The Two Pillars of Novel Structure


by Michael Mohr


I want to talk briefly about novel structure because, as a novel editor, I see all kinds of basic issues from the majority of the aspiring writer-clients I work with. There is a wealth of info out there on the web but I wanted to give you a little taste of what makes a solid novel. Because, especially if you write commercial fiction and hope to land an agent and get published, novel structure is incredibly important to pay attention to.

The basic concept of the three-act novel structure dates back to Aristotle from his “Poetics” (335 BCE) in which he studies dramatic structure in plays of the ancient Greeks. In modern times, the three-act structure has been more sharply defined and explored by Joseph Campbell, author of such classics as “The Hero’s Journey” and “The Power of Myth,” among many others.

Campbell’s three-act novel structure included Act One (the setup); Act Two (the confrontation); and Act Three (the resolution). In Act One is the “inciting” incident, the event which propels the character into the story journey. There is a climax at the end of Act One which pushes the character into Act Two.

In Act Two the MC (Main Character) pushes through obstacles galore, chasing their goal. There is ascending action and there is a mid-point twist, more obstacles, a disaster, and then the climax of Act Two, which forces the MC into Act Three. In Act Three there is the climax and then descending action and the denouement (wrap up) and the end.

Setup, confrontation, and resolution.

And then there is, most recently, James Scott Bell, a master of the modern day thriller and author of such writing how-to books as “Plot and Structure,” “Revision and Self editing,” “The Art of War for Writers,” “Conflict and Suspense,” and many more.

Bell wrote an article a few years back titled “The Two Pillars of Novel Structure.” I am going to give you a rough, general sketch of what that article says and also relate it to my own experience working with writers.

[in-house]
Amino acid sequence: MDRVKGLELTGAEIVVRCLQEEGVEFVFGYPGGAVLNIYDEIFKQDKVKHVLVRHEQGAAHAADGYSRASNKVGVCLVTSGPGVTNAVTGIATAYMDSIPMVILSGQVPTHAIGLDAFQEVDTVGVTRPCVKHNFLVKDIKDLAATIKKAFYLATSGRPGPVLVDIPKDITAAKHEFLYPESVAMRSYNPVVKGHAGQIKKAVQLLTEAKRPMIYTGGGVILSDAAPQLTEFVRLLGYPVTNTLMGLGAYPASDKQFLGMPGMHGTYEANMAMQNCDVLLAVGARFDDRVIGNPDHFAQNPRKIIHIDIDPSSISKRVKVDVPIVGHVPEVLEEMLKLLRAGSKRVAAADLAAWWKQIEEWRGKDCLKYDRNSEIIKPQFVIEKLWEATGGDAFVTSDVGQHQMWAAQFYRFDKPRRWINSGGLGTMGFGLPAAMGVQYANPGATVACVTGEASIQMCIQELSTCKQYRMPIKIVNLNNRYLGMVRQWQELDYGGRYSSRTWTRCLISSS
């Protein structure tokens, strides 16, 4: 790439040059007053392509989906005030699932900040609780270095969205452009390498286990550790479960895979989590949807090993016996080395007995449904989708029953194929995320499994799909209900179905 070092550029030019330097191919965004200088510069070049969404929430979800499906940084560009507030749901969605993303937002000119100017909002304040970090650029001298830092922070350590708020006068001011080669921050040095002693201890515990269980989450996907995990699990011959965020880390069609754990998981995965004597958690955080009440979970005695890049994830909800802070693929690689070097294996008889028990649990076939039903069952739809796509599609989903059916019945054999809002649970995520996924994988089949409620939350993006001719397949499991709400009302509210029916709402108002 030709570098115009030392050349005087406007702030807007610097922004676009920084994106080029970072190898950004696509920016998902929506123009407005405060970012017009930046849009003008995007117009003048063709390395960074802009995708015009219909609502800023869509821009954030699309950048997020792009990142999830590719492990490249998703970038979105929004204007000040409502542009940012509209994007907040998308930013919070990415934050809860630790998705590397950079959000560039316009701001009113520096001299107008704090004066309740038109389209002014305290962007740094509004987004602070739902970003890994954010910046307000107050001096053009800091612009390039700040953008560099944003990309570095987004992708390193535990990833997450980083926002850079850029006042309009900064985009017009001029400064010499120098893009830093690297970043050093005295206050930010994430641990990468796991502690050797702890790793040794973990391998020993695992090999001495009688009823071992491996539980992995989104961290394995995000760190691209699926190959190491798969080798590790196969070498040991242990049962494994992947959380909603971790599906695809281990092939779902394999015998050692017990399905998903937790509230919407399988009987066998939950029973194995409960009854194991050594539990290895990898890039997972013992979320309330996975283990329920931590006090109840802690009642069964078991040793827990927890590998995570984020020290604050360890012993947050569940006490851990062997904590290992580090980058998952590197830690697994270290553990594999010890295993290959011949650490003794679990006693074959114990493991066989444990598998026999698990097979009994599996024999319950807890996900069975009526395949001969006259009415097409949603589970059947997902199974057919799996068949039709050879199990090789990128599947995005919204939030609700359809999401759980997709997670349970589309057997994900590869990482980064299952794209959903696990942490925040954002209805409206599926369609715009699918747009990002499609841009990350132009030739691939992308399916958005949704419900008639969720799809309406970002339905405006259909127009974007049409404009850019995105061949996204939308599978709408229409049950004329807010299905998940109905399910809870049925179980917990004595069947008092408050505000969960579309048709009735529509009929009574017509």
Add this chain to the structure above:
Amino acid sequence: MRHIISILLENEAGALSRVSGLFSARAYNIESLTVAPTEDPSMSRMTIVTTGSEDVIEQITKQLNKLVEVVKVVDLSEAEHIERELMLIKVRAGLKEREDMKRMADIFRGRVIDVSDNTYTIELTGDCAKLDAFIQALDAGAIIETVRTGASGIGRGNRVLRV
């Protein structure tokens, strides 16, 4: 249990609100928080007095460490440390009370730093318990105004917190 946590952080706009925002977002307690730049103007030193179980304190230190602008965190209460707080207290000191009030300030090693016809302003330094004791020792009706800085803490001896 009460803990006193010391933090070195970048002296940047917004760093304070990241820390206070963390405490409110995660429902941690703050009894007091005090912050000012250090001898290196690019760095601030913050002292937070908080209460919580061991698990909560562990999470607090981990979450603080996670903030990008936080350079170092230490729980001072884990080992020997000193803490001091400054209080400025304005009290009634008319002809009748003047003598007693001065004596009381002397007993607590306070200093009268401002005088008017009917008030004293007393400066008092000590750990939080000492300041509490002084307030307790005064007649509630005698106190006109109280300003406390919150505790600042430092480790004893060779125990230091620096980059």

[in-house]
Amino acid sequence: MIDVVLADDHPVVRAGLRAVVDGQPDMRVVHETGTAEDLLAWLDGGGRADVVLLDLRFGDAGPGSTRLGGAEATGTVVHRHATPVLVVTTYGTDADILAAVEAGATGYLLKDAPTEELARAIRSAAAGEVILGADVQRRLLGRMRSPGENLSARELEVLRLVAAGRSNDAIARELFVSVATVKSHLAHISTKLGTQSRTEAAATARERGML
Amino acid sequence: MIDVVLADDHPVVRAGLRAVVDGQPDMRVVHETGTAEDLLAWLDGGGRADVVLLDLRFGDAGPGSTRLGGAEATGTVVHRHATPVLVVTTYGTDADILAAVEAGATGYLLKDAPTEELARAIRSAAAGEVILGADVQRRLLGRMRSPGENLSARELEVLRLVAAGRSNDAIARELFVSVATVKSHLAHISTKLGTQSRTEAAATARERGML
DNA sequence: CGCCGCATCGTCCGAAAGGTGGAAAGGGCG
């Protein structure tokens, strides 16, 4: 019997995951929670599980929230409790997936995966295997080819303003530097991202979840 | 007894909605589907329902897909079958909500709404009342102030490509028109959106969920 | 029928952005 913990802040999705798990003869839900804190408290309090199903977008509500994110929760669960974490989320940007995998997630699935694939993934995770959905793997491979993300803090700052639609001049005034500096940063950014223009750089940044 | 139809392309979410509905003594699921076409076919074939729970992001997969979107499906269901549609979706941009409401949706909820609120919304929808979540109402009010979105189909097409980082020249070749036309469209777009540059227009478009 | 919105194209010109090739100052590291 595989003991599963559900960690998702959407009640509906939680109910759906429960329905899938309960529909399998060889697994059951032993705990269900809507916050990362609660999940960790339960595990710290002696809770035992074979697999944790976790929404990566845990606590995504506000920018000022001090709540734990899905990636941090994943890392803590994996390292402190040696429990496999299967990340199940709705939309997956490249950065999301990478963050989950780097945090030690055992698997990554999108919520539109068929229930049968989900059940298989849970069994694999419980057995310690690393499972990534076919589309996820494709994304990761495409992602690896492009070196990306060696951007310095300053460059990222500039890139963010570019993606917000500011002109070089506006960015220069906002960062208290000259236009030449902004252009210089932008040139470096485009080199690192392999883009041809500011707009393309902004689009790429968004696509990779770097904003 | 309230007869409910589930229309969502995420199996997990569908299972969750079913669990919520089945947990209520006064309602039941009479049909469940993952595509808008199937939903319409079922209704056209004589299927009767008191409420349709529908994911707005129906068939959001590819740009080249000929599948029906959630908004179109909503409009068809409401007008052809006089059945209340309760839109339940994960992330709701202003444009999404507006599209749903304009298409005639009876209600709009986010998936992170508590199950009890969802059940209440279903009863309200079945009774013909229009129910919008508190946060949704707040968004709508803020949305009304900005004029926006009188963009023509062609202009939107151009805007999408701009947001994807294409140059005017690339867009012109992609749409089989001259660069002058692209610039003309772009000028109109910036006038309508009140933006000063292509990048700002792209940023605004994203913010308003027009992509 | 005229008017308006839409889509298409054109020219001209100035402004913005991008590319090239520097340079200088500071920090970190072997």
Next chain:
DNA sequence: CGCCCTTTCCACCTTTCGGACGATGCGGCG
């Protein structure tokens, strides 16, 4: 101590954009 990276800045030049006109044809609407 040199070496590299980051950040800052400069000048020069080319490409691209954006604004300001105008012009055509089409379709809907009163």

You can’t just “write a book” and be done with it. Not if you expect to sell. Not if you expect to write engaging, suspenseful prose and a book that readers simply cannot put down. There are Reader Expectations that writers need to know about. Readers themselves often don’t know they demand certain things from novels…but they do. And, as a writer, if you don’t know what those demands are…you’ll likely be dead in the water before you even get to page 10.

Bell talks about this idea of writing “hot” and editing/revising “cold.” The first draft is never going to be ready to go anywhere except into a drawer for a few weeks or a month until you reread it as objectively as possible then take the red pen out and revise/rewrite.

So, write that first draft with passion; write hot. But when you pause and return with the sacred (and infuriating!) red pen, write cold; in other words, look at structure. Because in the first draft you were getting sucked into the world (hopefully), focusing instead on character and world-building and dialogue, etc.

Bell uses the metaphor of story structure being like a suspension bridge. The two key foundations are there holding up the bridge, the pillars. He says: “Every story has to begin, and every story has to end. And the middle has to hold the reader’s interest.” Right. The middle. The hardest and longest portion of your novel. Kind of a tall order, huh?

“The craft of structure tells you how to begin with a bang, knock readers out at the end, and keep them turning pages all the way through,” Bell continues. “When you ignore structure, your novel can begin to feel like one of those rope bridges swinging wildly in the wind over a 1,000-foot gorge. Not many readers are going to want to go across.”